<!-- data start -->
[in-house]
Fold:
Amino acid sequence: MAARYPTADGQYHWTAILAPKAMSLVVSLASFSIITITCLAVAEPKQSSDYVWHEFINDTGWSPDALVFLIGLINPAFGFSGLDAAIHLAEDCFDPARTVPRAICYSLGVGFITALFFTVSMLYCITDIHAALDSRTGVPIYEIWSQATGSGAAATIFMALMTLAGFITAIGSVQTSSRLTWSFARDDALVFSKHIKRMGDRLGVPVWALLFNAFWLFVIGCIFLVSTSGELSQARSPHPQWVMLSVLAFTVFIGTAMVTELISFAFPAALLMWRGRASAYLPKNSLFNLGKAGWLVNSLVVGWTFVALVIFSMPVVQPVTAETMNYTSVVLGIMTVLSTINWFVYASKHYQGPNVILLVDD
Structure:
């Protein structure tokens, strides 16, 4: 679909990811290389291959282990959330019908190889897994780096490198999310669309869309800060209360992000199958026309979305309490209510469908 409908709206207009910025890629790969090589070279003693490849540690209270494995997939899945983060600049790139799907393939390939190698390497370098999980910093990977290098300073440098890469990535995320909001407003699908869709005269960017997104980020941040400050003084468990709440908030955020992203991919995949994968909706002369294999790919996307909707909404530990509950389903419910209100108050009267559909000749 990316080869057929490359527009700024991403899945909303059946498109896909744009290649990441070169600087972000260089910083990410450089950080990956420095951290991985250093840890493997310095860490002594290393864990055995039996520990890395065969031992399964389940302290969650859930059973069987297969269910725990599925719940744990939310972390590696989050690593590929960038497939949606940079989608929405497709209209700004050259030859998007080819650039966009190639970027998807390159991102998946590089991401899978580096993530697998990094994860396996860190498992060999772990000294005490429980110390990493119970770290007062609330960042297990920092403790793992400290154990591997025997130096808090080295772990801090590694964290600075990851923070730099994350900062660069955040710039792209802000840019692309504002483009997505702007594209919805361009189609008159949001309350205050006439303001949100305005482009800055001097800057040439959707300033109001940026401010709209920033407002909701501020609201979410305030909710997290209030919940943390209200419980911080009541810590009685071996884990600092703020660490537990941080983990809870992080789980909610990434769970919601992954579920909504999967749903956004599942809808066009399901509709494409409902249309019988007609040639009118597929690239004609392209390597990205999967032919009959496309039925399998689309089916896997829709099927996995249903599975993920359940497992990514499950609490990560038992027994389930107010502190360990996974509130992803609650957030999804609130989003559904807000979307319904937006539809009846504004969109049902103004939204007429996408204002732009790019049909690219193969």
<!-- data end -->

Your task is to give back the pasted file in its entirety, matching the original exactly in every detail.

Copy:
[in-house]
Fold:
Amino acid sequence: MAARYPTADGQYHWTAILAPKAMSLVVSLASFSIITITCLAVAEPKQSSDYVWHEFINDTGWSPDALVFLIGLINPAFGFSGLDAAIHLAEDCFDPARTVPRAICYSLGVGFITALFFTVSMLYCITDIHAALDSRTGVPIYEIWSQATGSGAAATIFMALMTLAGFITAIGSVQTSSRLTWSFARDDALVFSKHIKRMGDRLGVPVWALLFNAFWLFVIGCIFLVSTSGELSQARSPHPQWVMLSVLAFTVFIGTAMVTELISFAFPAALLMWRGRASAYLPKNSLFNLGKAGWLVNSLVVGWTFVALVIFSMPVVQPVTAETMNYTSVVLGIMTVLSTINWFVYASKHYQGPNVILLVDD
Structure:
């Protein structure tokens, strides 16, 4: 679909990811290389291959282990959330019908190889897994780096490198999310669309869309800060209360992000199958026309979305309490209510469908 409908709206207009910025890629790969090589070279003693490849540690209270494995997939899945983060600049790139799907393939390939190698390497370098999980910093990977290098300073440098890469990535995320909001407003699908869709005269960017997104980020941040400050003084468990709440908030955020992203991919995949994968909706002369294999790919996307909707909404530990509950389903419910209100108050009267559909000749 990316080869057929490359527009700024991403899945909303059946498109896909744009290649990441070169600087972000260089910083990410450089950080990956420095951290991985250093840890493997310095860490002594290393864990055995039996520990890395065969031992399964389940302290969650859930059973069987297969269910725990599925719940744990939310972390590696989050690593590929960038497939949606940079989608929405497709209209700004050259030859998007080819650039966009190639970027998807390159991102998946590089991401899978580096993530697998990094994860396996860190498992060999772990000294005490429980110390990493119970770290007062609330960042297990920092403790793992400290154990591997025997130096808090080295772990801090590694964290600075990851923070730099994350900062660069955040710039792209802000840019692309504002483009997505702007594209919805361009189609008159949001309350205050006439303001949100305005482009800055001097800057040439959707300033109001940026401010709209920033407002909701501020609201979410305030909710997290209030919940943390209200419980911080009541810590009685071996884990600092703020660490537990941080983990809870992080789980909610990434769970919601992954579920909504999967749903956004599942809808066009399901509709494409409902249309019988007609040639009118597929690239004609392209390597990205999967032919009959496309039925399998689309089916896997829709099927996995249903599975993920359940497992990514499950609490990560038992027994389930107010502190360990996974509130992803609650957030999804609130989003559904807000979307319904937006539809009846504004969109049902103004939204007429996408204002732009790019049909690219193969």